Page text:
If you do not already understand the difference between vector artwork and bitmap artwork you would do well to not mislead people into believing you are a graphic artist. It would be fair to say that 100% of the elements within 98% of the logos in the world should be vector artwork. This leads us directly out of fonts and into clipart and design elements. When you or your customer have agreed on the font and fixed the logo the last thing you will do before saving your original file is convert the fonts to outlines, vector art. This is not just a compatibility issue but a scalability issue as well. It is unfortunately one of the last things people learn when they are learning on the job.

Briefly, vector artwork can be thought of us geometric relationships while bitmap artwork is best characterized by photos. Imagine a green equilateral triangle measuring one inch on a side. This image in vector format would be three points defined by a few coordinates, three lines connecting those points and a color tag applied to the enclosed area. The file size for this would be tiny. A bitmap file of the same triangle would be a list of coordinates for every green dot within the triangle. This is a much larger file. If you were to then stretch these triangles out to be a foot on a side instead of an inch you would notice the difference between them immediately. The vector artwork would appear completely unchanged, it would still be three perfectly straight lines with a solid green interior. The bitmap triangle on the other hand would suddenly look like a ziggurat, it would have chunky, blocky edges instead of crisp lines. You can zoom in on a photo of someone until all you see is various fleshy colored squares. If you zoom in on a piece of vector artwork though, it will never lose definition.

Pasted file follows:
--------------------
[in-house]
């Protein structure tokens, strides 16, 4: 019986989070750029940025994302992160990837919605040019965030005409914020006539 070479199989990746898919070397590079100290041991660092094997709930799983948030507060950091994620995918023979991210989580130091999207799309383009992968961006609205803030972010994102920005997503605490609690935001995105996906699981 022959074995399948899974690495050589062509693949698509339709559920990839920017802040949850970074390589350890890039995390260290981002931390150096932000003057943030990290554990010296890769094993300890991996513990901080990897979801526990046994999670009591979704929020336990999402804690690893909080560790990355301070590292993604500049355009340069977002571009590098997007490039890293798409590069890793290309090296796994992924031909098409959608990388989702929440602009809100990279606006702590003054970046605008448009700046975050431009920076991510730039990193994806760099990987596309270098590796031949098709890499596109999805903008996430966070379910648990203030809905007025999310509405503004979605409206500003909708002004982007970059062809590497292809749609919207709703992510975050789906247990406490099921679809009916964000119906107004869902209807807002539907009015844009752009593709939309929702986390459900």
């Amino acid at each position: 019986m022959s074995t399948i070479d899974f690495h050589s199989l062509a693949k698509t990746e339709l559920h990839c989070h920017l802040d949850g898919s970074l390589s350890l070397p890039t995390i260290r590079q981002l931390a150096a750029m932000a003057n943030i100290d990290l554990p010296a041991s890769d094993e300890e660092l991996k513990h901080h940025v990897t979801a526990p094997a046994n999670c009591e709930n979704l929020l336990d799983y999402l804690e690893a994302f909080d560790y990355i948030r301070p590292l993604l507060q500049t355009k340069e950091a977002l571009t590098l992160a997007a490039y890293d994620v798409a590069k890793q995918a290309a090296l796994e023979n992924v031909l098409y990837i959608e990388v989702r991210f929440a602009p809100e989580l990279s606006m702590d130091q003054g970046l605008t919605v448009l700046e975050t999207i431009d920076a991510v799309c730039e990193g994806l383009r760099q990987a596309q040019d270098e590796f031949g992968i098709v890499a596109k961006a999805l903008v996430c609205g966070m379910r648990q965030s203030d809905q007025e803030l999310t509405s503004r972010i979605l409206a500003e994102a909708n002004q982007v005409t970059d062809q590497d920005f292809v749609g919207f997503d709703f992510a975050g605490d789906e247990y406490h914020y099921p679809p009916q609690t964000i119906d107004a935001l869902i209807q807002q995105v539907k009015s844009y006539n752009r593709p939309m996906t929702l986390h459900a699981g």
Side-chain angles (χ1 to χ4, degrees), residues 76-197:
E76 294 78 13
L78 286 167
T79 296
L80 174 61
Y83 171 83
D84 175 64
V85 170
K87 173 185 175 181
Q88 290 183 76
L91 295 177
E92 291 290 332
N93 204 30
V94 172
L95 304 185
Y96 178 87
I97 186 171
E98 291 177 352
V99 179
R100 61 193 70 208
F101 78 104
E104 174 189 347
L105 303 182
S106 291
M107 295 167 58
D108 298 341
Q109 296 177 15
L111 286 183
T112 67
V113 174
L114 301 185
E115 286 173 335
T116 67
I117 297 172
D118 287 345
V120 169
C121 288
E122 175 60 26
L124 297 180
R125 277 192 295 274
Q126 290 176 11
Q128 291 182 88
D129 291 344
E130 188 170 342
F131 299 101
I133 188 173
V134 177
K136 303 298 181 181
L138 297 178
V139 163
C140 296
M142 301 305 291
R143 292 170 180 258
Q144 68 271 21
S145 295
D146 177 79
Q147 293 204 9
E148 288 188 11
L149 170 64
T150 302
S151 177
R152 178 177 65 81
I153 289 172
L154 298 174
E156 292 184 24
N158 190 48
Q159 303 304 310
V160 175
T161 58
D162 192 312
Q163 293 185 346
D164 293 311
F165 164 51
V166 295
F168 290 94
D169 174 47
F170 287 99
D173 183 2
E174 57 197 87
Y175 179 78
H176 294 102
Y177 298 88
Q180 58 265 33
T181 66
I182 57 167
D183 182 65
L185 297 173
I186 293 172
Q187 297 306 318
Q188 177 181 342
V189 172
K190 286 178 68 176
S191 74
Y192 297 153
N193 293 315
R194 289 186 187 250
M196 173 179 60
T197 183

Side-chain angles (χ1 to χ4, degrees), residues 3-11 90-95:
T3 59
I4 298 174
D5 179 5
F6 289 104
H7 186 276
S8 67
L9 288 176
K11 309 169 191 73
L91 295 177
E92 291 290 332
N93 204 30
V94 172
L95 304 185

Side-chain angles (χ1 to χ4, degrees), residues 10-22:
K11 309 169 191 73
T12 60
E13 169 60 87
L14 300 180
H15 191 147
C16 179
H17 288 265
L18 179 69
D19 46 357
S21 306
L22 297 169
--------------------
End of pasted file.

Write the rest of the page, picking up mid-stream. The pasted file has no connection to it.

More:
Clipart libraries can be a graphic artist’s best friend. When shopping for these however pay very close attention to the formats the files are in. Is there plenty of vector artwork included or is it all bitmap? Do you have to pay extra to get the vector artwork converted into a standard format? There is nothing necessarily wrong with using bitmap clipart in certain logos, as long as you clarify with the customer that it will never be printed larger than a certain size. In most cases however, the bitmap clipart you will only use as a guide. You will end up free drawing it or converting it to vector using another program.

All of which brings us to the last bit of discussion here, programs. Adobe is arguably the leader in graphic design right now. Their programs, Photoshop (bitmap) and Illustrator (vector), are the standard against which all others measure themselves. Even the wary open source crowd call their Gimp program the freeware Photoshop. Other good design tools include Corel Freehand and for Internet design Macromedia’s Fireworks is awfully powerful.

The most important features in a program like Illustrator are often the least obtrusive. One that you’ll notice as soon as you save a file is the PC/Mac compatibility. Adobe programs are nearly unchanged between platforms but more importantly the artwork is never changed. This can be very important when your printer uses Macs and you are on a PC. Other features include the one mentioned above, converting fonts to outlines, as well as tools to work with trapping, color palettes, layers and precise placement of pieces. A detailed discussion of these programs and tools would be considerably longer than this article. Suffice it to say, if you considered Microsoft Publisher or WordArt adequate design tools it would be worth doing the research before going too much further with them. Chances are, anything you design with these will have to be recreated from scratch before professional printers will touch them.

I wrote this article based on my own experience in this industry. It is meant to be more of a guide on how to think about design than a guide on how to actually design. For that article you can be sure I'd have cited quite a few more sources. To learn more on these topics though, aside from using the E2 database, check out http://www.adobe.com. Starting there will lead you to almost everything else, they really are that nifty.